Michele Bachmann says a miscarriage helped define her anti-abortion stance
By Michael Muskal
Rep. Michele Bachmann said she had a “devastating” miscarriage more than 20 years ago and that the event helped define her opposition to abortion.
The Minnesota congresswoman was campaigning for the GOP presidential nomination in Rock Hill, S.C., where she told a town hall-style meeting of the miscarriage. The meeting was first reported by CNN and Politico.
“After our second child was born, we became pregnant with a third baby,” Bachmann said at Winthrop University on Wednesday night. “And it was an unexpected baby, but of course we were delighted to have this child. And the child was coming along, and we ended up losing that child. And it was devastating for both of us, as you can imagine if any of you have lost a child.”
Bachmann has given birth to five children and she and husband have taken in 23 foster children as well. She said the miscarriage led them to reconsider their goals.
“At that moment we didn’t think of ourselves as overly career minded or overly materialistic,” she said. “When we lost that child, it changed us. And it changed us forever.”
Bachmann often discusses her opposition to abortion, a key part of her campaign. “We made a commitment that no matter how many children were brought into our life, we would receive them because we are committed to life,” Bachmann told the South Carolina audience.
Bachmann has been growing stronger in recent polls of likely Republican voters, and one factor is her strong opposition to abortion. In Iowa, where she is running second to former Massachusetts Gov. Mitt Romney, she is the heir to the social conservative vote that has been seeking a candidate since former Arkansas Gov. Mike Huckabee dropped out of the presidential race.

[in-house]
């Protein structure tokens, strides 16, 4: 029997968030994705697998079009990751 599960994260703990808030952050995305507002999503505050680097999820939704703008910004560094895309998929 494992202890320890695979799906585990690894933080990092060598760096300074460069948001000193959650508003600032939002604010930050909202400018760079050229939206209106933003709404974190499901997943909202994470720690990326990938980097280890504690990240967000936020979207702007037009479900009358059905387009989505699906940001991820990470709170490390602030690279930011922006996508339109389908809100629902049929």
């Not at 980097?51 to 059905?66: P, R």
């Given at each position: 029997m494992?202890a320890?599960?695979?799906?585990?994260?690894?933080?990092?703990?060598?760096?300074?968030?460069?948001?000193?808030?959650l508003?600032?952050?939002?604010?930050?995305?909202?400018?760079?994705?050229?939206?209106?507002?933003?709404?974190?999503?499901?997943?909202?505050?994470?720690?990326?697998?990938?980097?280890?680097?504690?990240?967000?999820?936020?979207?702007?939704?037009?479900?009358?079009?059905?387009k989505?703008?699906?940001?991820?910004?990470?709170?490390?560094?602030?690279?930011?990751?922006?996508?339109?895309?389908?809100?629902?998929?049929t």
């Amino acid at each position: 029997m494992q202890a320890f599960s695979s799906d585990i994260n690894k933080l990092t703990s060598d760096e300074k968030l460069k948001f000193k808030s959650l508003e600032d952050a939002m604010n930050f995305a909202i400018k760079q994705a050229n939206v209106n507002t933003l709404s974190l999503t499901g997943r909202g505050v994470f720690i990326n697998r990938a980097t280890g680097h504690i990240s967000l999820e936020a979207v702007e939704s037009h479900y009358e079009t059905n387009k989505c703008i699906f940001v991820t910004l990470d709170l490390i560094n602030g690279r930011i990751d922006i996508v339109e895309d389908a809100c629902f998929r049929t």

While most polls show that a majority of Americans support a woman’s right to choose whether to have an abortion, the polls vary on support for related issues such as federal funding for abortions for poor women. But in the GOP fold, especially in the early states where evangelical Christians are an important voting bloc, social conservative issues remain important voting factors.
Bachmann has attacked Romney for refusing to sign an anti-abortion pledge by the Susan B. Anthony List, an anti-abortion group. Romney has argued against the pledge, saying it would have unexpected consequences. The pledge calls on signers to back anti-abortion legislation and to appoint officials with similar views.
In addition to Bachmann, GOP presidential hopefuls Tim Pawlenty, Rick Santorum, Newt Gingrich and Ron Paul have signed the pledge.
On Thursday, the group announced that Jon Huntsman has missed the deadline to sign the pledge, joining Romney and GOP candidates Herman Cain and Gary Johnson as non-signers.
“It is extremely disappointing to see another candidate who is running on a pro-life message refuse to sign the promise to voters that he will act as a leader for our movement if elected to the White House,” said the group’s president Marjorie Dannenfelser.